Leadership and Success in your Career and Research, a forum addressing the career journey of women in science, technology, engineering, and math (STEM) careers was held at UH on February 10. The Deans of the Colleges of Engineering, Natural Sciences and Mathematics, and Technology sponsored the forum.
Moderated by Camille Ford, a partner with King, Chapman & Broussard, Inc. a panel discussion featured four women from industry—Heidi Alderman, Senior Vice President of Petrochemicals at BASF; Susan Howes, Reservoir Management Consultant at Chevron; Julie Mahler, Global Geoscience Recruiting and Early Career Manager at ExxonMobil, and Mandie Shook, Operations Manager, CenterPoint Energy. The panel discussion focused on how to expand leadership and growth opportunities for women, the value of mentorship, owning one's career, and inspiring others in their own success.
Realizing the impact that companies can have on education and furthering the career success of individuals, Camille Ford transitioned into business after a 10-year career in politics. She is a member of the College of Technology Human Resources Development advisory board in addition to her current role at King, Chapman & Broussard.
What are your primary responsibilities as Partner?
I work with clients to develop and design solutions for effectively implementing large-scale organizational change that requires engagement, leadership and cross-boundary collaboration. I am involved with planning organization change efforts through outcome-based projects that deliver a significant return on the clients' consulting investment.
How did you advance to your current position?
I delivered results in the engagements I worked on, was reliable, asked questions, identified issues before they became big problems and recommended possible solutions. I learned to ask for help when I needed it, and said “yes” when asked to lead internal projects.
In addition, I let the engagement manager know that I was interested in the next position or assignment such as project management.
What are the trends for women conducting a STEM career search process?
I am most familiar with STEM as it relates to the energy industry. Some companies put diversity at the forefront, but unless it is an overt effort, it may not be in people's minds; and they will not organize around it. Large firms like a BP or a Chevron have a number of networking programs to give people opportunities to come together as a community. In some smaller organizations, there may be networks but they are driven by skill set or role rather than focused on diversity.
What advice can you offer for career success?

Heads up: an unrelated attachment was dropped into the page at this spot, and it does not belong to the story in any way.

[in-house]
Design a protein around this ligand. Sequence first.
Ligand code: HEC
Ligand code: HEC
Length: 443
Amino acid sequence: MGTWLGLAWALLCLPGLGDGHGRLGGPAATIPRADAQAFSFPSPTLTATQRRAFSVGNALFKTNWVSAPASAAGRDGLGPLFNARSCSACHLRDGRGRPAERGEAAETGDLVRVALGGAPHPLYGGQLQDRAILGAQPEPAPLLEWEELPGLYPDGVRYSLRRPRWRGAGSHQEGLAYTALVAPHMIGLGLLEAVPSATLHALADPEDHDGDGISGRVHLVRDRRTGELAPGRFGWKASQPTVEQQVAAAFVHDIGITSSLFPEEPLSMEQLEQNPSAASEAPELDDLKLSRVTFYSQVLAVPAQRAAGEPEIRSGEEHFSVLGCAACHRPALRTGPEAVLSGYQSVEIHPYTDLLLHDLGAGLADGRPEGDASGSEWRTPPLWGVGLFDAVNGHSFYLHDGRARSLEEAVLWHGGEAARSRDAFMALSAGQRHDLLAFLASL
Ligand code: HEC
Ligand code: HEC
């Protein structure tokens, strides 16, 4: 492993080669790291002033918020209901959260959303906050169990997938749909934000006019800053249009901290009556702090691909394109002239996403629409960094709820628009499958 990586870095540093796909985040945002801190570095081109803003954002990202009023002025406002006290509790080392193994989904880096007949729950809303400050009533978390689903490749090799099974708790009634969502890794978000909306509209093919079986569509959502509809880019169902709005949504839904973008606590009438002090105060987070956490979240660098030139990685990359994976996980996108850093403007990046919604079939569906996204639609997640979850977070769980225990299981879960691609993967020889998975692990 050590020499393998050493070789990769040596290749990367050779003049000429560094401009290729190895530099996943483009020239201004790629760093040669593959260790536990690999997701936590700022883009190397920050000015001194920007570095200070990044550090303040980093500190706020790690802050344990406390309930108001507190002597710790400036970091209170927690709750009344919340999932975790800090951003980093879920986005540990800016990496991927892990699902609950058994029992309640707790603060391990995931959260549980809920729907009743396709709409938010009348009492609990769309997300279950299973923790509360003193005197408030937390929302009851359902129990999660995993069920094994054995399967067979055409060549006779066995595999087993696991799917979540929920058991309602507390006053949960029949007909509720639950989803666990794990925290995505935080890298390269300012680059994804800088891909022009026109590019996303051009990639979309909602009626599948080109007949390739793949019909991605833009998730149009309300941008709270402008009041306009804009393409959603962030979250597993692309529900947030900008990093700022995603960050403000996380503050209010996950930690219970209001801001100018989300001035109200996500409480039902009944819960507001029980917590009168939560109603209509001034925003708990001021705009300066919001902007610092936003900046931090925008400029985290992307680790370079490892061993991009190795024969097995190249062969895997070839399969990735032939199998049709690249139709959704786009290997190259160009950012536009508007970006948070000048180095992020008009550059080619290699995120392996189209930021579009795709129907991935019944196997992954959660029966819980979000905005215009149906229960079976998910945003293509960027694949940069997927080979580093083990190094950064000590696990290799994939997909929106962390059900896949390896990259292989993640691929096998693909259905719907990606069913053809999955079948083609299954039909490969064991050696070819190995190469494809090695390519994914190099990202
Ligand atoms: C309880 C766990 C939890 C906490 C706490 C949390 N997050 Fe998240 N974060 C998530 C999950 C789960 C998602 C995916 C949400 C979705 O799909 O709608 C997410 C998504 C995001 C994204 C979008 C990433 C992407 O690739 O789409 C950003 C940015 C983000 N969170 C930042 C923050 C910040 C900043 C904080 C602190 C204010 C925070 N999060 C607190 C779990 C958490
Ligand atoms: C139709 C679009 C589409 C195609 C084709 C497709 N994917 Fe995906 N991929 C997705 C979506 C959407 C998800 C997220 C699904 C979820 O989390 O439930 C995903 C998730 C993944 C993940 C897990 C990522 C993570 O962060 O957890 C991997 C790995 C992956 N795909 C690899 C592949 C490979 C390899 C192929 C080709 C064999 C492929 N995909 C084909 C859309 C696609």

For women engineers in an organization, hunkering down and doing the job will not necessarily get you promoted. The biggest difference is made when there is involvement in internships, volunteering, and gaining leadership experience. If you are in the middle of a career transition, find some way to be exposed to the business that interests you. For example, the Women's Energy Network would be a great one for initiating contacts in the energy industry. Anybody can attend the lunches that foster networking and mentoring. I suggest that you start by doing a Google search for associations in your area of interest and start attending meetings so at least you know what is out there.
Why is it important to create and build connections between academia and industry?
Having worked in industry for more than 20 years, I realize that some organizations can stay insulated and do things the same way without ever looking outside. Benchmarking does take place; however, my belief is that academia can bring ideas for innovation to industry.
On the flip side, academia can take notice and learn how industry executes change and organizes change more quickly. Companies that are results driven get things done. There are leadership qualities of executives in industry that could translate very well to academia such as, a clear articulation of commitments; a high level pathway that communicates in clear terms where the organization is going and how it will get there; how it will be measured; and what is expected from its employees.
What role has mentorship played in your own career growth?
I have used mentoring relationships to identify specific gaps or opportunities, get feedback, and to bounce my ideas off people.
What advice would you give (especially to women) to be successful in a career in the STEM fields?
Get clear on your long term and short-term goals. Be open to options for achieving your goals. If you think that your way is the only way, it will be a lonely trek. Some of the best advice I got made me a little skeptical at first. But, I tried it and the result was far better than what I had done.
Take advantage of leadership opportunities. Join a team or volunteer to lead it. Volunteer with organizations that will allow you to develop as a leader. Network within your targeted industry and join related associations. Do a Google search to find industry business publications and examine the challenges that they are facing. Think about how you may be able to solve them.